What impact has/does/will AI have on DataCite’s work?

Matt: We have started exploring the application of AI within some related technologies, in particular, for detecting data citations or mentions in papers using the SciBERT model in partnership with the Chan Zuckerberg Initiative. However, we take a pragmatic approach to AI integration, with an emphasis on maintaining the quality of curated metadata. While we recognize the potential of AI, we do not foresee it replacing existing workflows; instead, our goal is to explore how AI can support our efforts to enhance the quality of services and metadata. Incorporating AI into our processes, could potentially enhance efficiency and effectiveness, while preserving the integrity of our established practices and our commitment to high-quality metadata. Any AI-related changes to our approach will need careful consideration and discussion across community stakeholders before moving ahead.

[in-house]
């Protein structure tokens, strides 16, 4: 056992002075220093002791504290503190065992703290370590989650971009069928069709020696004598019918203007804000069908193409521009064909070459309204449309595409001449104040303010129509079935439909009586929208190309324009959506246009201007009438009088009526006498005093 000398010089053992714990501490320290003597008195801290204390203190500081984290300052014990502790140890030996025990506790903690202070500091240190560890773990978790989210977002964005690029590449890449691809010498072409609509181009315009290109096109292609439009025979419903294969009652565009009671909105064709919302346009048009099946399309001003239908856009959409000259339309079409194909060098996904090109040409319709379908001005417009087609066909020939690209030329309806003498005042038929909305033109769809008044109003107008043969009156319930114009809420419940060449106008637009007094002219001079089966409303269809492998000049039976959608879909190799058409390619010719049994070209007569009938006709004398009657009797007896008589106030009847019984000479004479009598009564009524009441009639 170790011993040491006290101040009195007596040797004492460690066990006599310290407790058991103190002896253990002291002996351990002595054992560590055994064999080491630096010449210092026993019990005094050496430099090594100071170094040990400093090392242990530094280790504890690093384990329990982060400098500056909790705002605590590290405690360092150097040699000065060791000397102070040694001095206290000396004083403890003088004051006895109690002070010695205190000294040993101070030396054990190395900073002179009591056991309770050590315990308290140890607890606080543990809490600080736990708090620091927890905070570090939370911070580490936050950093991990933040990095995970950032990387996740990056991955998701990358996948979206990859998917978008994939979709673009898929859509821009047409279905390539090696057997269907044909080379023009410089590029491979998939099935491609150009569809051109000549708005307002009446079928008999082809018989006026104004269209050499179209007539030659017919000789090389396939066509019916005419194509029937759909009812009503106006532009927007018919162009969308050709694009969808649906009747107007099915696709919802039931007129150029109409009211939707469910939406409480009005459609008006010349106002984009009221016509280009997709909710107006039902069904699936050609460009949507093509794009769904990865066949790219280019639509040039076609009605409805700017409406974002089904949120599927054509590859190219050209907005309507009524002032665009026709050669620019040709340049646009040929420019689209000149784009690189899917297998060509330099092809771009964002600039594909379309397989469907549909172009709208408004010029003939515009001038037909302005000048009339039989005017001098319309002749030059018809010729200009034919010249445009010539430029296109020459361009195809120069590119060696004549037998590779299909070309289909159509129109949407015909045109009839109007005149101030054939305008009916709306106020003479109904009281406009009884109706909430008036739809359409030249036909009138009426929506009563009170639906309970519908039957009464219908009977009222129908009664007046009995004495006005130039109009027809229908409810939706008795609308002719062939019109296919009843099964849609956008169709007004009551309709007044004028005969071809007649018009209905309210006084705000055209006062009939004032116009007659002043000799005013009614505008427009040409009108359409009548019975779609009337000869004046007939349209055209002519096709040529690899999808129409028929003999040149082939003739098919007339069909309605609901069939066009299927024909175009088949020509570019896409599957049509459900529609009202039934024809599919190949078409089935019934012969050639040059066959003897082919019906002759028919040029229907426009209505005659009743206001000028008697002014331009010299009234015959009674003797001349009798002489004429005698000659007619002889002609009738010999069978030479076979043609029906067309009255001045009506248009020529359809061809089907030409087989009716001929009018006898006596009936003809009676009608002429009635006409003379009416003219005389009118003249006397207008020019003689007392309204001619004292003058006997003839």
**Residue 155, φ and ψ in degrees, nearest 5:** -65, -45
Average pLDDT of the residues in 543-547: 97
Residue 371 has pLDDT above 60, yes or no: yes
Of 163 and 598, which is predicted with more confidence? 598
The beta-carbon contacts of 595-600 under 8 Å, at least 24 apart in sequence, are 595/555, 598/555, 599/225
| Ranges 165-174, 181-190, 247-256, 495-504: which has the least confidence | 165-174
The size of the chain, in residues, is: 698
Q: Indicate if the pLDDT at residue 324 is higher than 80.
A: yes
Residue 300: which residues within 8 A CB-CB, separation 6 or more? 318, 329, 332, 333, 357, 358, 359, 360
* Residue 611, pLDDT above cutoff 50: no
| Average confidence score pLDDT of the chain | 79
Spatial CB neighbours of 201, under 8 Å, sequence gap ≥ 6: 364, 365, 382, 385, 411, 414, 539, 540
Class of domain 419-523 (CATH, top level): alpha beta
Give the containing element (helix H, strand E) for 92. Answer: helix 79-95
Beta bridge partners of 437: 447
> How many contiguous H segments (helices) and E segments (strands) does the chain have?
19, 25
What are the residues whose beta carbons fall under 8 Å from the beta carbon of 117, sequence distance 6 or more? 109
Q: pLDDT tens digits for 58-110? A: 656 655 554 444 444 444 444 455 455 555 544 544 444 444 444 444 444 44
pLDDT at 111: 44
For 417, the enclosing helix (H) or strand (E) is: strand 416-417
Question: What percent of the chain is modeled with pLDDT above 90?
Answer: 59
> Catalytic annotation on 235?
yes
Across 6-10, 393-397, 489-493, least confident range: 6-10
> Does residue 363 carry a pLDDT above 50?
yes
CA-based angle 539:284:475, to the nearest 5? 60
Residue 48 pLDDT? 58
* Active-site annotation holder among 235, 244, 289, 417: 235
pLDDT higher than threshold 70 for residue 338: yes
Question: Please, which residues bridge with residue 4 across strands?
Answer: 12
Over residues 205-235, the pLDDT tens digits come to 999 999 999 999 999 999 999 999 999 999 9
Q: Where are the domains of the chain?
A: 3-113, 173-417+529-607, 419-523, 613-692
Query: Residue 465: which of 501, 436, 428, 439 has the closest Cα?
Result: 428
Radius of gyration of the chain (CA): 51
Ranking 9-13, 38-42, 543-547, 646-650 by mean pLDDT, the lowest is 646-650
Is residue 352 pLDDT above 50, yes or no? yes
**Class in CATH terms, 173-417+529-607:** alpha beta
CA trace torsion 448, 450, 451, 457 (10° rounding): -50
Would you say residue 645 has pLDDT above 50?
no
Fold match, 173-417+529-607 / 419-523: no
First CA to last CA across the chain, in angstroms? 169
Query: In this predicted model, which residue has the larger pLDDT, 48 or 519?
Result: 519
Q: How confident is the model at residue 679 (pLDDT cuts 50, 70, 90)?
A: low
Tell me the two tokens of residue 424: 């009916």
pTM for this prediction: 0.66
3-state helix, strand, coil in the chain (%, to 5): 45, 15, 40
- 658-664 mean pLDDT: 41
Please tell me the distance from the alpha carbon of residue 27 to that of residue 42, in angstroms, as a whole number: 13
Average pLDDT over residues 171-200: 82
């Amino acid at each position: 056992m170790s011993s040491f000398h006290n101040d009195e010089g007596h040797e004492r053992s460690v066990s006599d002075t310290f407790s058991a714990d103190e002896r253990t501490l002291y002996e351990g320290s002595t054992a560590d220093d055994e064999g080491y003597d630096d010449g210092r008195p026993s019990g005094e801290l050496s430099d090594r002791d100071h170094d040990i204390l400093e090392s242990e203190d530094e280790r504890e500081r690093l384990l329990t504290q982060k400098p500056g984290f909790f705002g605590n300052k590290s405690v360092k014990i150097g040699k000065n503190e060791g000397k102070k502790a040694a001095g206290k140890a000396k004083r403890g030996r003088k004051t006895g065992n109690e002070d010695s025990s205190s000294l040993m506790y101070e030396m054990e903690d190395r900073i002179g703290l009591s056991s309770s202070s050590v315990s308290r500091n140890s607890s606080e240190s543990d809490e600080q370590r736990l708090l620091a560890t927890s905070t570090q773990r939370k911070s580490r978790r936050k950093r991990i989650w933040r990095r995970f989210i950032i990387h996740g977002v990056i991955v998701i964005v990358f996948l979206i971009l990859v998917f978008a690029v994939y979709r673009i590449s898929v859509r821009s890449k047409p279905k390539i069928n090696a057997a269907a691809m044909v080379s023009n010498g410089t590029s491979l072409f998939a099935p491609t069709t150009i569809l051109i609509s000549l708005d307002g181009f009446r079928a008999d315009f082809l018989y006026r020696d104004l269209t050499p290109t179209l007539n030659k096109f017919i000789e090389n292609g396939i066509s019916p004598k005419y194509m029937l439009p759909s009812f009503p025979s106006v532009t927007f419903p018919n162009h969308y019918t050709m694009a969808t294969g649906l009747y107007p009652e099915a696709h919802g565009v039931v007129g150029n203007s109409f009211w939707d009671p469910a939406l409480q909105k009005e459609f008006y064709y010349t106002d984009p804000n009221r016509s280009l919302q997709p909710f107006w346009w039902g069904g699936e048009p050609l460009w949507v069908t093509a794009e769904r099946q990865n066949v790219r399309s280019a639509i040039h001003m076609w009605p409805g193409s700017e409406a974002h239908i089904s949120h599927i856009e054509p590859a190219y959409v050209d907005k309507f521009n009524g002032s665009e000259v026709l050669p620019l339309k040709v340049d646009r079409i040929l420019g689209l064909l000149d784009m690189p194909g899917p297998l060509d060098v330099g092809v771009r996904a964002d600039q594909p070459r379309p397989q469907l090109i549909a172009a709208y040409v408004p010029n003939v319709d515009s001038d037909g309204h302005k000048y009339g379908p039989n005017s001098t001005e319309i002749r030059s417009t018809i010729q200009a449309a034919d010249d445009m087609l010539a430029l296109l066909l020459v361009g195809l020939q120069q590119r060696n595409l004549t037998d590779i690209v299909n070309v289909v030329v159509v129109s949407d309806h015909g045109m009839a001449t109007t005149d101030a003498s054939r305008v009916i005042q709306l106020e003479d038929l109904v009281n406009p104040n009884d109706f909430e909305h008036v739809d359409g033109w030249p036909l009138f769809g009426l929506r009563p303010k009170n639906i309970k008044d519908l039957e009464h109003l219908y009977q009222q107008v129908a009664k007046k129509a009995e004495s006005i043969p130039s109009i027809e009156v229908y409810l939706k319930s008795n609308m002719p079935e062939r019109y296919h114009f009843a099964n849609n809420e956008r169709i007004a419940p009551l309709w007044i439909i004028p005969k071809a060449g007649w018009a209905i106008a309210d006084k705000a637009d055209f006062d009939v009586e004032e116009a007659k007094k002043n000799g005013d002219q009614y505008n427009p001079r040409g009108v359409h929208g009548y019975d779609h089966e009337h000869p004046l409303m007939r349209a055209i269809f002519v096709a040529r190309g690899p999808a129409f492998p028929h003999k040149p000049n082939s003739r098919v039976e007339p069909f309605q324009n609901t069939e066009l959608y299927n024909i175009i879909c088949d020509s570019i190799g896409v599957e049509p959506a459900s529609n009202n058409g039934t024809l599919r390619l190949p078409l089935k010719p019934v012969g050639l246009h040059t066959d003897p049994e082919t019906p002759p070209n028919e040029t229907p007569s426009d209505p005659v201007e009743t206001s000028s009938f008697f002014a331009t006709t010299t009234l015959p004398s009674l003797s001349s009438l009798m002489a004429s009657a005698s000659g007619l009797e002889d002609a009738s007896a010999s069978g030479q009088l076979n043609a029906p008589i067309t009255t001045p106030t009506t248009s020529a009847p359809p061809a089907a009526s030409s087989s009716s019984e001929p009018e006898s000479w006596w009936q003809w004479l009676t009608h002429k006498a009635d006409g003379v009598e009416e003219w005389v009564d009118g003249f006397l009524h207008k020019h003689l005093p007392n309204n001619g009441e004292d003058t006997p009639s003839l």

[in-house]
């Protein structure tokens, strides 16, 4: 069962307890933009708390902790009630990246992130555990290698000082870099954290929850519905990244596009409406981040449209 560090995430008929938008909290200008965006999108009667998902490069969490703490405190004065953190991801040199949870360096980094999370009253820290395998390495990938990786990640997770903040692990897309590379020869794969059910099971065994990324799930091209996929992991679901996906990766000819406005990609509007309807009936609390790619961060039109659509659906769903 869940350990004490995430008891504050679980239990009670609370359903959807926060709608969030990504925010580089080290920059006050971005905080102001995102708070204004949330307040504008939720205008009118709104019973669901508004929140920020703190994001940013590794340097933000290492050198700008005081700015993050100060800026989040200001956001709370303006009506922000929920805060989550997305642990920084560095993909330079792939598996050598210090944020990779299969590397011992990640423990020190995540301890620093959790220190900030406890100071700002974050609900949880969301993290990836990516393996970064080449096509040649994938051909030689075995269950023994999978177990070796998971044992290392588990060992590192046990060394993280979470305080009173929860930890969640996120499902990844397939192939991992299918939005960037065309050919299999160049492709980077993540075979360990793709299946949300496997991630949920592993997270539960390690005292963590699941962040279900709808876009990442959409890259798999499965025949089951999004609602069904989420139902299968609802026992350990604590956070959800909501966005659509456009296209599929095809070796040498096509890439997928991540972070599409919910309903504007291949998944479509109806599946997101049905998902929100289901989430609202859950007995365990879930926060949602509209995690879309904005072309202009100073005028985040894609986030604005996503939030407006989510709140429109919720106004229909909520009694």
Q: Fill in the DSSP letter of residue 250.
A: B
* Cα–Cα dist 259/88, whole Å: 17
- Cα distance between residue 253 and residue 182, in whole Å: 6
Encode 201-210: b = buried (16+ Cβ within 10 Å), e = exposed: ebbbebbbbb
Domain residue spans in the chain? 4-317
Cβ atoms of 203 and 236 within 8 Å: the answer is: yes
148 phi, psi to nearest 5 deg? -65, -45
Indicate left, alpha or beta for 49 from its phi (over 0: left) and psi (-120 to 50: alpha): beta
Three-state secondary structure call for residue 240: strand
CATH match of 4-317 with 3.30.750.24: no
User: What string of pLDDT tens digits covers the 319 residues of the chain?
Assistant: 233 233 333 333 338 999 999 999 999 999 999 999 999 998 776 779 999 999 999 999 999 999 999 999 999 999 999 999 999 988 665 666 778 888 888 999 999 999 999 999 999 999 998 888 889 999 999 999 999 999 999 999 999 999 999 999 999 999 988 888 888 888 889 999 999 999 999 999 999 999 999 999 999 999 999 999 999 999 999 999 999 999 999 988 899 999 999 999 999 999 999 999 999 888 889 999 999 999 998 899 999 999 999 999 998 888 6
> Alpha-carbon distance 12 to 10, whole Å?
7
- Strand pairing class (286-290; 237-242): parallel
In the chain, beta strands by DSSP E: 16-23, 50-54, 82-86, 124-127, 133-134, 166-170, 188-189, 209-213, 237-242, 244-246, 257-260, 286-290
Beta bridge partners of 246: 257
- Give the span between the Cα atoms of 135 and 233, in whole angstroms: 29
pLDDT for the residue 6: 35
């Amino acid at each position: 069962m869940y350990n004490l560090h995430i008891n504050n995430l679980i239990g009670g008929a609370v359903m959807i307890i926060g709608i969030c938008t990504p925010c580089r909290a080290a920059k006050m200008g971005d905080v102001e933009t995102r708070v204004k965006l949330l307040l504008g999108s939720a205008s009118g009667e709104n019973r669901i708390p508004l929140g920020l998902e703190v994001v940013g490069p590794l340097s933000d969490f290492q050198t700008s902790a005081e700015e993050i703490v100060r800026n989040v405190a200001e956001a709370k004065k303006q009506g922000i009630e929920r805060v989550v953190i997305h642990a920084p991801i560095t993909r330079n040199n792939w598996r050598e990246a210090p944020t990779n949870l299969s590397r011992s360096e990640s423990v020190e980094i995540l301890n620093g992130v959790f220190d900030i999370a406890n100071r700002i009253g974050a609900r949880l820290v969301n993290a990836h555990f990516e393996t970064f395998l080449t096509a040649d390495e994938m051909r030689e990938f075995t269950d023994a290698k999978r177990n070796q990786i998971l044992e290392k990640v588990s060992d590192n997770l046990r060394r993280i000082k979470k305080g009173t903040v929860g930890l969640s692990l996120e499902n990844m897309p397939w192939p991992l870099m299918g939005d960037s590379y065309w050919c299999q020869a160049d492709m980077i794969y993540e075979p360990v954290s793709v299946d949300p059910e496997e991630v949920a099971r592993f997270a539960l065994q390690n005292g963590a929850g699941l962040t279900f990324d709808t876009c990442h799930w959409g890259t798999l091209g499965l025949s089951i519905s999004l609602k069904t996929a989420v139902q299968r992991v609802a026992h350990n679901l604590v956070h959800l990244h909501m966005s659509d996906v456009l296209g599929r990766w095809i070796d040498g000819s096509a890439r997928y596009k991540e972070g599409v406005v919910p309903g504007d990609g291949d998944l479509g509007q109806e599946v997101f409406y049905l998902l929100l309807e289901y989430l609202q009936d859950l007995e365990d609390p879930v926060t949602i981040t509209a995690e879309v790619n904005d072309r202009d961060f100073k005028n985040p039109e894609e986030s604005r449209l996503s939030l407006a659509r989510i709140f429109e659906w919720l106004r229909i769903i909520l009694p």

What changes do you think we’ll see in terms of the overall research infrastructure over the next five to ten years, and how will they impact the kinds of roles you’ll be hiring for at DataCite?

Matt and Helena: We foresee significant changes in the entire research infrastructure landscape during the next five to 10 years. Community leaders are increasingly aligning around more collaborative and community-driven activities. The scale of and interest in registering metadata for a wide variety of resources and outputs is growing throughout the research lifecycle.

We anticipate a continuing need for individuals who can thrive in a totally remote and really global setting when it comes to employment at DataCite. Our team already covers a wide spectrum of skill sets, and we expect this to increase further. All our positions, both now and in the future, require a strong understanding of the community and true passion for our mission.